Will ENDA receive the necessary votes? If senators listened to their constituents, the bill would pass overwhelmingly. . . . Who should the proponents of ENDA target for the 60th vote? Our opinion estimates suggest that the top target should be Sen. Ayotte of New Hampshire. Estimated support for ENDA in her state is a whopping 77% and strong opposition only about 5%. Of all Republican senators who are not already committed to supporting the bill, her constituents would be most supportive of a “yes” vote. Other top targets (based entirely on constituent opinion) ought to be senators Toomey of Pennsylvania, Johnson of Wisconsin, and McCain and Flake of Arizona. Support for ENDA is 74% in each of these states. . . .

P.S. Two issues came up in the comments that I’d like to address:

1. Ashok wrote: “I suspect that if the first graph was weighted by how much voters care, it would start to look a lot more like the actual graph.” The suggestion is that voters who oppose gay rights feel more strongly about the issue than voters who support gay rights. It is possible, but I have no particular reason to believe it—if anything, given the nature of the issue, I’d be inclined to believe the opposite, that supporters of gay rights feel more strongly about the issue than do opponents. And you’d need a huge huge difference in intensity to overcome the huge disparities in support that we see from the polls. Finally, consider the estimates reported by Lax and Phillips:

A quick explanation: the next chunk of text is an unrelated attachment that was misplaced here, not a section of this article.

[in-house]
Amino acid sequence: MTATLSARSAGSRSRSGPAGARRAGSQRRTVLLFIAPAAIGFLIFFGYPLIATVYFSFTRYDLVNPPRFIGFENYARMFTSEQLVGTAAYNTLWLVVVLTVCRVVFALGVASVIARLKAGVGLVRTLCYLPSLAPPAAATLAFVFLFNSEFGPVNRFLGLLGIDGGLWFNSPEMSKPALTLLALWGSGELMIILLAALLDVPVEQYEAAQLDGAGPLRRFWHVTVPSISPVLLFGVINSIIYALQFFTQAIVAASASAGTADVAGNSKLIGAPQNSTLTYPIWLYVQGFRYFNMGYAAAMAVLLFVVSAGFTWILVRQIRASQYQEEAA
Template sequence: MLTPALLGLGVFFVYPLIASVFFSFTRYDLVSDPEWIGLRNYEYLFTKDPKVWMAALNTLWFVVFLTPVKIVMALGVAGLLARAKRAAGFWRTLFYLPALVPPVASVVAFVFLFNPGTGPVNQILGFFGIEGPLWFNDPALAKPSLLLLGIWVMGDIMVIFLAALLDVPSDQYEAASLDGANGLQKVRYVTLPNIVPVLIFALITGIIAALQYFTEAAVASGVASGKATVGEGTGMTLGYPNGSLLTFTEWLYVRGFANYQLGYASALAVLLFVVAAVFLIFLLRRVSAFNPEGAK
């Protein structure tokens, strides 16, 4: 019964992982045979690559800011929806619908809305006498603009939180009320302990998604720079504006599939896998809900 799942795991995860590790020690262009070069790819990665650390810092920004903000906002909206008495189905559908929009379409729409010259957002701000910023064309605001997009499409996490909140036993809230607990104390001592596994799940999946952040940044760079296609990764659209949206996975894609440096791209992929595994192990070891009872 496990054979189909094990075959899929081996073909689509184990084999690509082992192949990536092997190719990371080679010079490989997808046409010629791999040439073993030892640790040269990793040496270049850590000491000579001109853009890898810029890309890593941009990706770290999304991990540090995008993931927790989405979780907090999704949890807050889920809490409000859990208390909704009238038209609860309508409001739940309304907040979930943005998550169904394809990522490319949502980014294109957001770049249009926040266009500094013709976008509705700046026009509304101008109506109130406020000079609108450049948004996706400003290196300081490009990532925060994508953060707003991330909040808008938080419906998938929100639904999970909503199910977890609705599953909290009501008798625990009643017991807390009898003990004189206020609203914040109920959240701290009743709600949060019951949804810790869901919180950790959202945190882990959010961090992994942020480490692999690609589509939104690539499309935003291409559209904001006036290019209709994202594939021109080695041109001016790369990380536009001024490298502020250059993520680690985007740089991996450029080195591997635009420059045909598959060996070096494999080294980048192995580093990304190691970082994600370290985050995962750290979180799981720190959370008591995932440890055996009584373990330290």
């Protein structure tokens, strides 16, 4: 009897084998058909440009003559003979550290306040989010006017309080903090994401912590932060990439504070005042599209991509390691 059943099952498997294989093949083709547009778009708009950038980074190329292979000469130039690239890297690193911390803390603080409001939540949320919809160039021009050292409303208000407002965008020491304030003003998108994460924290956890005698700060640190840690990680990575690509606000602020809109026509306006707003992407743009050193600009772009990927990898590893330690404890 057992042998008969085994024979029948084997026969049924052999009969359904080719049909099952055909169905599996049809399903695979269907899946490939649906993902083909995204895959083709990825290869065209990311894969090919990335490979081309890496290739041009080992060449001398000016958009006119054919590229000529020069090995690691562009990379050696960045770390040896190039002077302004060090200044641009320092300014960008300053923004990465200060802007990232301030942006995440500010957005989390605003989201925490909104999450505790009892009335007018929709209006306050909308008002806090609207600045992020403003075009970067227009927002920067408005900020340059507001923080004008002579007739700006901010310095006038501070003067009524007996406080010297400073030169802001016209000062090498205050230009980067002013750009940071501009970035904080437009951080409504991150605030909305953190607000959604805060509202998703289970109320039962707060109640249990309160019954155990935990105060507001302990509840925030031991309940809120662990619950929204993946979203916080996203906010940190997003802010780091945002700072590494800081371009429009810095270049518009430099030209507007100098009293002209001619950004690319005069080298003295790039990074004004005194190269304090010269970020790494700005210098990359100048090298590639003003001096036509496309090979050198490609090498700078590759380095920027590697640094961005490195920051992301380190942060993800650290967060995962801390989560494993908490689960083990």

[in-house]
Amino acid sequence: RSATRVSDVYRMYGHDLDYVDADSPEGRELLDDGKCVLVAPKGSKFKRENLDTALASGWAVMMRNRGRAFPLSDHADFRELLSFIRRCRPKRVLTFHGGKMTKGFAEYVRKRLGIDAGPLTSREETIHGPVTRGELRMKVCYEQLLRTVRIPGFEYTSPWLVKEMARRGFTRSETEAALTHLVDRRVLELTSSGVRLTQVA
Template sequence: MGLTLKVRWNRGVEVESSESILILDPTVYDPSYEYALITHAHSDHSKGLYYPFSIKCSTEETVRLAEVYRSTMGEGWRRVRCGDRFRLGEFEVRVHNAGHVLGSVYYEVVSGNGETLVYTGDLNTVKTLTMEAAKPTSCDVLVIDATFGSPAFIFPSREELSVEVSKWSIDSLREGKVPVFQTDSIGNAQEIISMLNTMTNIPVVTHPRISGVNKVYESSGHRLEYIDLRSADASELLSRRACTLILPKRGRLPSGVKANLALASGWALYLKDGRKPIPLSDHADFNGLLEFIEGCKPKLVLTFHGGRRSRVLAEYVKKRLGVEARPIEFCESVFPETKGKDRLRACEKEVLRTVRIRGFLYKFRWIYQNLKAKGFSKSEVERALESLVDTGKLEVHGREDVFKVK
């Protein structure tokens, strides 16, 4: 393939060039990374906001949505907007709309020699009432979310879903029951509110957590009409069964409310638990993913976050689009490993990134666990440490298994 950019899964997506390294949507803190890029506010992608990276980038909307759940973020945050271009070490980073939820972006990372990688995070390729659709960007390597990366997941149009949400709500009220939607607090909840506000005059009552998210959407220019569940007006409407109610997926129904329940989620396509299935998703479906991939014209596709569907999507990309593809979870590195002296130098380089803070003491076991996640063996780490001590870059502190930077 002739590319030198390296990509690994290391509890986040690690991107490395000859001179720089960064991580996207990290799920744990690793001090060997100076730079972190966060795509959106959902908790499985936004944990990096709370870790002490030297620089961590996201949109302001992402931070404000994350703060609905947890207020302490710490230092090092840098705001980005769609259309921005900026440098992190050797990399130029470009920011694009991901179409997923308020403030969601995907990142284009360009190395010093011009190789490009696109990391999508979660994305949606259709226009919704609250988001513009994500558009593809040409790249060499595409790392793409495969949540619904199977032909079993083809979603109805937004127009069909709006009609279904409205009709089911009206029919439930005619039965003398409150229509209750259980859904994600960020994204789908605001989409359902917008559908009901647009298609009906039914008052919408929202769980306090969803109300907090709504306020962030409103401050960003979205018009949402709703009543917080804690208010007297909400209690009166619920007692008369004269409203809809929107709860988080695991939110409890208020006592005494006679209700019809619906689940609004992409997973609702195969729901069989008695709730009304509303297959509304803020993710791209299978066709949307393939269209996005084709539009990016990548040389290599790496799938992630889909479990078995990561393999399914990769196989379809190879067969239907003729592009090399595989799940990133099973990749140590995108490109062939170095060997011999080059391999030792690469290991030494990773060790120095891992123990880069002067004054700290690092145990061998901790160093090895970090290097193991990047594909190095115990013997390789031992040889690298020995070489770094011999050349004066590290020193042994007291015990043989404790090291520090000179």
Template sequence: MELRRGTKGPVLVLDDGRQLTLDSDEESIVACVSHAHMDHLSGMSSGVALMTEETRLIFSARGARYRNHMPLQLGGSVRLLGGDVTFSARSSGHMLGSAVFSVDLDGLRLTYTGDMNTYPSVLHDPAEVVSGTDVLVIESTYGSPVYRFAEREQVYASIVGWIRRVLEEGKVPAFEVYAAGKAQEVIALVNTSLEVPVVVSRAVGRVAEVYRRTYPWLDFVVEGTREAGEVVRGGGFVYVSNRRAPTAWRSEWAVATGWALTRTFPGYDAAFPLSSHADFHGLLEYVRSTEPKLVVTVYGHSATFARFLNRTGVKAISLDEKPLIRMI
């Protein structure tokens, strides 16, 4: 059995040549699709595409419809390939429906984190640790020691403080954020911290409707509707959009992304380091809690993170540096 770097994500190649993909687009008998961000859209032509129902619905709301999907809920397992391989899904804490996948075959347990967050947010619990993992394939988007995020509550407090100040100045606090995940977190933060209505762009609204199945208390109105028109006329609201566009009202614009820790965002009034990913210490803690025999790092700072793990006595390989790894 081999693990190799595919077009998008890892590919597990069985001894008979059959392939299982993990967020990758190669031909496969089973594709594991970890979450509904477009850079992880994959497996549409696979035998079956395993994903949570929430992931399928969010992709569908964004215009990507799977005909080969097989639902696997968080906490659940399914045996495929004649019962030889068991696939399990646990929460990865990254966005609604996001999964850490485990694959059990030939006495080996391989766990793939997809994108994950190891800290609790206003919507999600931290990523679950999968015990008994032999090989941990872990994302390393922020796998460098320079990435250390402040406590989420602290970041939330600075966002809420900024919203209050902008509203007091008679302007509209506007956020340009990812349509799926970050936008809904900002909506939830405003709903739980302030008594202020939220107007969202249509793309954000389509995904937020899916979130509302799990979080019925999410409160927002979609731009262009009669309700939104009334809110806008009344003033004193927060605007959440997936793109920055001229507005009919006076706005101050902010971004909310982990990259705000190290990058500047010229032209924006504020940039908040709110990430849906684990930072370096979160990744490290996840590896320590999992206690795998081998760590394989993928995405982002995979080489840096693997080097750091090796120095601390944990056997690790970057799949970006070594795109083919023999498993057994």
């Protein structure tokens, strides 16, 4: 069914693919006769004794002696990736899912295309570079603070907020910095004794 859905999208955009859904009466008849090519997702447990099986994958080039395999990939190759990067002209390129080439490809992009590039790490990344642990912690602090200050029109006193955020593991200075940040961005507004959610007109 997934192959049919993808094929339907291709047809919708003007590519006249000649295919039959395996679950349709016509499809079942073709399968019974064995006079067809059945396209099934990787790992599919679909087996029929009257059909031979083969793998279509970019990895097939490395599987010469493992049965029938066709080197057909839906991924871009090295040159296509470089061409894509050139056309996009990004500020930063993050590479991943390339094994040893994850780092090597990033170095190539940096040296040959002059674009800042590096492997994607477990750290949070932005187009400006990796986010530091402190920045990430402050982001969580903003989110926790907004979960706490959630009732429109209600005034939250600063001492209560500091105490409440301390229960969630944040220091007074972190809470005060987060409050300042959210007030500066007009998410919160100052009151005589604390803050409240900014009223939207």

Estimated support for ENDA in [New Hampshire] is a whopping 77% and strong opposition only about 5%.

If anti-gay-rights voters really cared so much about the issue, I’d think we’d see much more than 5% in the “strong opposition” category.

2. Mark, Shaun, and Ashok point out that Republican primary voters are far more conservative than the average person. Sure, that could be part of it, on the other hand Democratic primary voters are far more liberal, yet Lax and Phillips have consistently found lack of congruence in certain issues comparing state-level attitudes vs. policy. I guess what I’m saying here is that, yes, primary electorates (and, more generally, political activists) are definitely a key part of the story, but it’s more complicated than a simple counting of the preferences of a majority of a majority.

16 Comments

  1. Mark Palko says:

    I wonder what that first map looks like for primary voters.

  2. […] From Andrew Gelman, who is passing along research by some Columbia political scientists, the estimated support, by state, for the Employment Nondiscrimination Act, a gay rights bill that the US Senate will be voting on this Monday. […]